EM FX is starting the week off on a firm note as “risk on” prevails in the wake of the first round French presidential election. We see no reason to stand in the way of this EM bounce, as the combination of receding global political risk and soft US data are likely to encourage a continued appetite for risk.
Singapore reports March CPI Monday, which is expected to remain steady at 0.7% y/y. The MAS does not have an explicit inflation target. However, it left policy steady at its policy meeting this month and left its language unchanged. Singapore then reports March IP Wednesday, which is expected to rise 5.6% y/y vs. 12.6% in February.
Taiwan reports March IP Monday, which is expected to rise 6.1% y/y vs. 10.6% in February. Growth is recovering, and strong export orders suggest further improvement in H2. Taiwan then reports Q1 GDP Friday, which is expected to grow 2.5% y/y vs. 2.9% in Q4.
Mexico reports mid-April CPI Monday, which is expected to rise 5.59% y/y vs. 5.02% in mid-March. Even though inflation is still rising, we think the firm peso will allow Banxico to stay on hold May 18. If the Fed hikes June 14, then Banxico should follow it with another 25 bp hike to 6.75% on June 22. Mexico reports March trade Thursday. Q1 GDP will be reported Friday, which is expected to grow 2.5% y/y vs. 2.4% in Q4.
Hungary’s central bank meets Tuesday and is expected to keep policy steady. It eased further via unconventional measures at its March meeting and so no further action is likely until the June meeting. If inflation continues to rise, we believe further easing is unlikely.
Brazil reports March current account and FDI data Tuesday. It reports central government budget data Thursday, followed by consolidated budget data Friday. The sluggish economy has hurt revenue collection, but lower interest rates should help limit interest payments.
Turkey’s central bank meets Wednesday and is expected to keep rates steady. Half the analysts polled by Bloomberg look for a hike in the Late Liquidity Window rate, but we think the firmer lira gives the bank leeway to remain on hold near-term. The bank releases its quarterly inflation report Friday, which should give further insight to the bank’s outlook for rates. Turkey also reports March trade Friday.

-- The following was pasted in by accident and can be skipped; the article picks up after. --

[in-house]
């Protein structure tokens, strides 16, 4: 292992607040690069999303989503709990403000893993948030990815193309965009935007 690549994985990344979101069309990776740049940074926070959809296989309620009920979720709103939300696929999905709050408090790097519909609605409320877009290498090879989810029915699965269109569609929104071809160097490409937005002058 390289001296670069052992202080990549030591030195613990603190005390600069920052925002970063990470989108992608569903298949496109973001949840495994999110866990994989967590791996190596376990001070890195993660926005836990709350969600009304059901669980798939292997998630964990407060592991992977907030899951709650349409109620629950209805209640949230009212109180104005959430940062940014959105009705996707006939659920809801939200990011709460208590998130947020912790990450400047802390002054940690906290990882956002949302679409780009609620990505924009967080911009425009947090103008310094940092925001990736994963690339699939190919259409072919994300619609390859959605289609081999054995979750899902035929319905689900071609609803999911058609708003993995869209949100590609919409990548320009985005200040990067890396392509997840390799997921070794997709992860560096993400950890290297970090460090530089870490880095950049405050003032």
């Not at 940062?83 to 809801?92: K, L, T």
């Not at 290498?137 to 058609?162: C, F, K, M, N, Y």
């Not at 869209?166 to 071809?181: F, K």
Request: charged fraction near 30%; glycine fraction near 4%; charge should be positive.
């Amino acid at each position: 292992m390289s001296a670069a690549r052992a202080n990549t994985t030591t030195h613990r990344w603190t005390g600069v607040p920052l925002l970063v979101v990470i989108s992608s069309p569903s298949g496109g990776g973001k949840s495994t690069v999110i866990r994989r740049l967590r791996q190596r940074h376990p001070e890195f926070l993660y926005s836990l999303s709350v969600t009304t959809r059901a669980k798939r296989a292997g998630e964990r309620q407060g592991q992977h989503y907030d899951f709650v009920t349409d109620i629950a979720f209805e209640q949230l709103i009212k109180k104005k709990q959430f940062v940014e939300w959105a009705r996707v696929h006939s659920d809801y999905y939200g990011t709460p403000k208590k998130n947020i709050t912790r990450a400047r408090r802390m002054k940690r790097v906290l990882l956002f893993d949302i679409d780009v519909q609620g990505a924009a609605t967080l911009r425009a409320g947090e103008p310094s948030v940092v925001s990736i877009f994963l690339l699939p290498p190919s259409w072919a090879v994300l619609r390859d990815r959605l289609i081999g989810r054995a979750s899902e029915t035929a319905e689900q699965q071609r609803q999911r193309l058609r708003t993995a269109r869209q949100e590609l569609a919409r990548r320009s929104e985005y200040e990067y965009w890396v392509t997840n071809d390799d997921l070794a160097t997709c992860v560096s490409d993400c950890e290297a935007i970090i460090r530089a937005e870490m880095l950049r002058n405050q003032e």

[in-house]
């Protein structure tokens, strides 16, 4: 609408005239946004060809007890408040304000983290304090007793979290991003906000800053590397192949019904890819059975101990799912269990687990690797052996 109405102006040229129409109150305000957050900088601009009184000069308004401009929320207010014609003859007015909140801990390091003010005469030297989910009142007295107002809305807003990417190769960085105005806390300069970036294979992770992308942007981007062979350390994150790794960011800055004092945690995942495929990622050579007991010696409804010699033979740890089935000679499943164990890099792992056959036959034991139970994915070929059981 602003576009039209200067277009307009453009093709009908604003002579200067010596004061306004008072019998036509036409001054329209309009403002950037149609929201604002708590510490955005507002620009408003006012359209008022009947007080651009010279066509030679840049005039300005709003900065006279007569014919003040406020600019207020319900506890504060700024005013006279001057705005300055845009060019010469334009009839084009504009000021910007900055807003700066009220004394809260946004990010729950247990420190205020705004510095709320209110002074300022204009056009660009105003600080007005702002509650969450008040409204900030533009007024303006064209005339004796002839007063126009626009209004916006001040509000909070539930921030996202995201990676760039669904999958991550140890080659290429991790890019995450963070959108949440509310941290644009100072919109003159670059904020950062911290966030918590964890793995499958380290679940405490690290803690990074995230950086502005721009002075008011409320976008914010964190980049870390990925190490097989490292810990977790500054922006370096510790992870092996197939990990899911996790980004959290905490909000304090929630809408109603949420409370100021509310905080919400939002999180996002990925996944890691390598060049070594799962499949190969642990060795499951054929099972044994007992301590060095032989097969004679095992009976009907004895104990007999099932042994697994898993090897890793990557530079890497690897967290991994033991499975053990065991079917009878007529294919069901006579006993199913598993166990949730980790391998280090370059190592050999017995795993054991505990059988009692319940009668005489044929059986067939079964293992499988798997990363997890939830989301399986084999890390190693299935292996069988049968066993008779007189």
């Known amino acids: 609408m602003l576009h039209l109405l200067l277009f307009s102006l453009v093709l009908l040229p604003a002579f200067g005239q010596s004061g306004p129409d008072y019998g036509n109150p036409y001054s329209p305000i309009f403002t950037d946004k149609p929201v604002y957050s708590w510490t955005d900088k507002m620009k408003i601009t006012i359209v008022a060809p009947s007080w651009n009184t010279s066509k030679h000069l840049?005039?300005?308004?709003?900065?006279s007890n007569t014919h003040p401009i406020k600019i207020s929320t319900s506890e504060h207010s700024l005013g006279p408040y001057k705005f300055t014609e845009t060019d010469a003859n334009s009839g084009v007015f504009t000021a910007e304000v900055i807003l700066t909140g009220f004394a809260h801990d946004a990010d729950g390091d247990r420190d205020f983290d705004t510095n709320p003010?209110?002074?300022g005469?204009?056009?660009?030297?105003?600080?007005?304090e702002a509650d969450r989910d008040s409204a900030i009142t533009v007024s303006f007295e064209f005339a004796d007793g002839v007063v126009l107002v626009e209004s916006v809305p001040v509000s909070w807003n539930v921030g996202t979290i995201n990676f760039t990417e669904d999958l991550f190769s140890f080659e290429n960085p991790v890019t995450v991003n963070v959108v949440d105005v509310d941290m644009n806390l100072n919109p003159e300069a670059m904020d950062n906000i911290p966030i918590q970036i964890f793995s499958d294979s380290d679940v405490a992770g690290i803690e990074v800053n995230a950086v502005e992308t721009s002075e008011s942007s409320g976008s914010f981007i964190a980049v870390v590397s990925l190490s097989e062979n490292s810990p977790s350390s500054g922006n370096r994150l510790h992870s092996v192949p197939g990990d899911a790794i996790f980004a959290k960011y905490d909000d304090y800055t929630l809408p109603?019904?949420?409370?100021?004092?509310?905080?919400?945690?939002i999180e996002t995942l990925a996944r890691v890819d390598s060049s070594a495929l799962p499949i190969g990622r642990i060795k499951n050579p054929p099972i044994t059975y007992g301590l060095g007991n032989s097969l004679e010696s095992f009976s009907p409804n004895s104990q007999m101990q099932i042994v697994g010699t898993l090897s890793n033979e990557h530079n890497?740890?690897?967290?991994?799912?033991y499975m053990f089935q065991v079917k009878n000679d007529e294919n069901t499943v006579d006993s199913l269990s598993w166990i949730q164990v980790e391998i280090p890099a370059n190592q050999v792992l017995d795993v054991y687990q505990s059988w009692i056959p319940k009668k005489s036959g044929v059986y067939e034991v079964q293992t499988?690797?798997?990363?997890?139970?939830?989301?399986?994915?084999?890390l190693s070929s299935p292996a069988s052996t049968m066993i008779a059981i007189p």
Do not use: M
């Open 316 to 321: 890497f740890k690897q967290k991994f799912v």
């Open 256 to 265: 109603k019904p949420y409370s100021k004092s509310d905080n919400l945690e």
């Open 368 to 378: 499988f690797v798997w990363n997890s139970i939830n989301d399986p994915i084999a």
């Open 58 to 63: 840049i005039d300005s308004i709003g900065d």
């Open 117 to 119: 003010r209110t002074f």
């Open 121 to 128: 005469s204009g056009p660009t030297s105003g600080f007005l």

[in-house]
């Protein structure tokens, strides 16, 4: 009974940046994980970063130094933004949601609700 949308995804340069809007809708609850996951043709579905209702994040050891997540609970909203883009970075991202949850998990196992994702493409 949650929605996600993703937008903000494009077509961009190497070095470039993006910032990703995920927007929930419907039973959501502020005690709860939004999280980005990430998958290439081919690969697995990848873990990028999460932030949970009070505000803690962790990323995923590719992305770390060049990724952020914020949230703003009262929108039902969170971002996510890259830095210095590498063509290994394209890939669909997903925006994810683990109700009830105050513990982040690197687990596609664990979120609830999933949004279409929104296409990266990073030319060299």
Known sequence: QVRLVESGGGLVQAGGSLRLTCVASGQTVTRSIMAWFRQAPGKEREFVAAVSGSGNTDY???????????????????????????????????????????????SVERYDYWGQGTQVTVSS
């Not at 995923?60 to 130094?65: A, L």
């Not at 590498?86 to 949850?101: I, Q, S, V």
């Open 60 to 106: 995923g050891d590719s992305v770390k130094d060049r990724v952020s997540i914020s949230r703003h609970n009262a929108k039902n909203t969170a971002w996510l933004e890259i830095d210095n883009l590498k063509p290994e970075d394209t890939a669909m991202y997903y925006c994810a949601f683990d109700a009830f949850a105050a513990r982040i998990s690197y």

Korea reports Q1 GDP Thursday, which is expected to grow 2.6% y/y vs. 2.4% in Q4. It then reports March IP Friday, which is expected to rise 4.0% y/y vs. 6.6% in February. Given the downside risks to the economy from political risk (both internal and external), we think BOK is on hold for now even though inflation is rising. Next policy meeting is May 25, no action is seen then.
Israel reports February manufacturing production and March trade Thursday. The economy is robust, even as price pressures are picking up. We see no further stimulus measures, though we expect the central bank to continue intervening to prevent excessive ILS strength.
South Africa reports March money and private sector credit, trade, and budget data Friday. The economy remains soft, but above target inflation is preventing the SARB from cutting rates. If disinflation continues, a rate cut is possible in H2 but much depends on the rand and the external environment. Next policy meeting is May 25, no action seen then.
Central Bank of Russia meets Friday and is expected to cut rates 25 bp to 9.5%. A small handful of analysts look for steady rates, but we think lower than expected inflation of 4.3% y/y in March will allow the bank to cut 25 bp again.
Poland reports April CPI Friday, which is expected to rise 2.1% y/y vs. 2.0% in March. Some members of the MPC are starting to push back against the dovish forward guidance of no hikes until 2018. We believe the first hike is likely to come in H2 of this year. Next policy meeting is May 17, no action is seen then.